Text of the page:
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From Wikipedia, Higgs boson has hypercharge of +1 and isospin of -1/2.

W bosons have hypercharge 0 and isospin +-1.

Now Higgs boson can decay into 2 W bosons of opposite electric charge. No matter how hard I try, the quantum numbers don't add up.

Is hypercharge and isospin not conserved in Higgs decays?

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Is hypercharge and isospin not conserved in Higgs decays?

Indeed, they are not. Both weak hypercharge and isospin are spontaneously broken in the SM, so they are not good symmetries: the SM vacuum "ate" some of them.

A detailed technical way to "see" this is by writing down the original term in the SM Lagrangian that gave rise to the trilinear vertex describing your decay, g²vHWW. It, along with the mass term for the Ws, g²v²WW, came out of the original, symmetric quadrilinear term in the covariant completion of the $\phi$ kinetic terms, $$ g^2\phi^\dagger \tau^-\tau^+ \phi W^{+~\mu}W^{-}_\mu. $$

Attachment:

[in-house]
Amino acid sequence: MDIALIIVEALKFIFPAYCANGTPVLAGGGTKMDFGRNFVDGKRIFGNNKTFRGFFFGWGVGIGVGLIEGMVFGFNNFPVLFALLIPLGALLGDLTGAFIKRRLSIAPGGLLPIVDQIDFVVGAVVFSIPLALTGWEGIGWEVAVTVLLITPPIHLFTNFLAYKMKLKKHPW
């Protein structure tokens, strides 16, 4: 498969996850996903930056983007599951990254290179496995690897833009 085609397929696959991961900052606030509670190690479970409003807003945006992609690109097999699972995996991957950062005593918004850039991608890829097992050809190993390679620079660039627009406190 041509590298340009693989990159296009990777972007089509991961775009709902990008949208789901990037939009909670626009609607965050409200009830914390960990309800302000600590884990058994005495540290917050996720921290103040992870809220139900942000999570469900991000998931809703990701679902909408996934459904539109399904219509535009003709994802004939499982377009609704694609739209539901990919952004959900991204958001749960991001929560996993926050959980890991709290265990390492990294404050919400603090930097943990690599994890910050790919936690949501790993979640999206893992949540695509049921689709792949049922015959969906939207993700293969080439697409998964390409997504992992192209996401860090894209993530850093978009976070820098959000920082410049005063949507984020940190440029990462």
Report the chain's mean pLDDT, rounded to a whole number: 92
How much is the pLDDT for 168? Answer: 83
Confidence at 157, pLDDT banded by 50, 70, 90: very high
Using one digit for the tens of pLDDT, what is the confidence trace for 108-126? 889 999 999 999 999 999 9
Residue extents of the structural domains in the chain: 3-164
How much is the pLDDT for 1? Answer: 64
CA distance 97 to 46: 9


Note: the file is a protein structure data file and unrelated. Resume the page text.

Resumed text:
Upon symmetry breaking, in unitary gauge, $$ \phi \propto \begin{pmatrix} 0\\ v+H \end{pmatrix}, $$ so the term $O(v^2)$ represents the W mass term, while the $O(v)$ one represents the isospin and hypercharge-violation of the Higgs decay.

But note the electric charge is unbroken, and the iso-breaking matches/cancels the hyper charge braking, so charge is still a good symmetry, and thus conserved. Phew...

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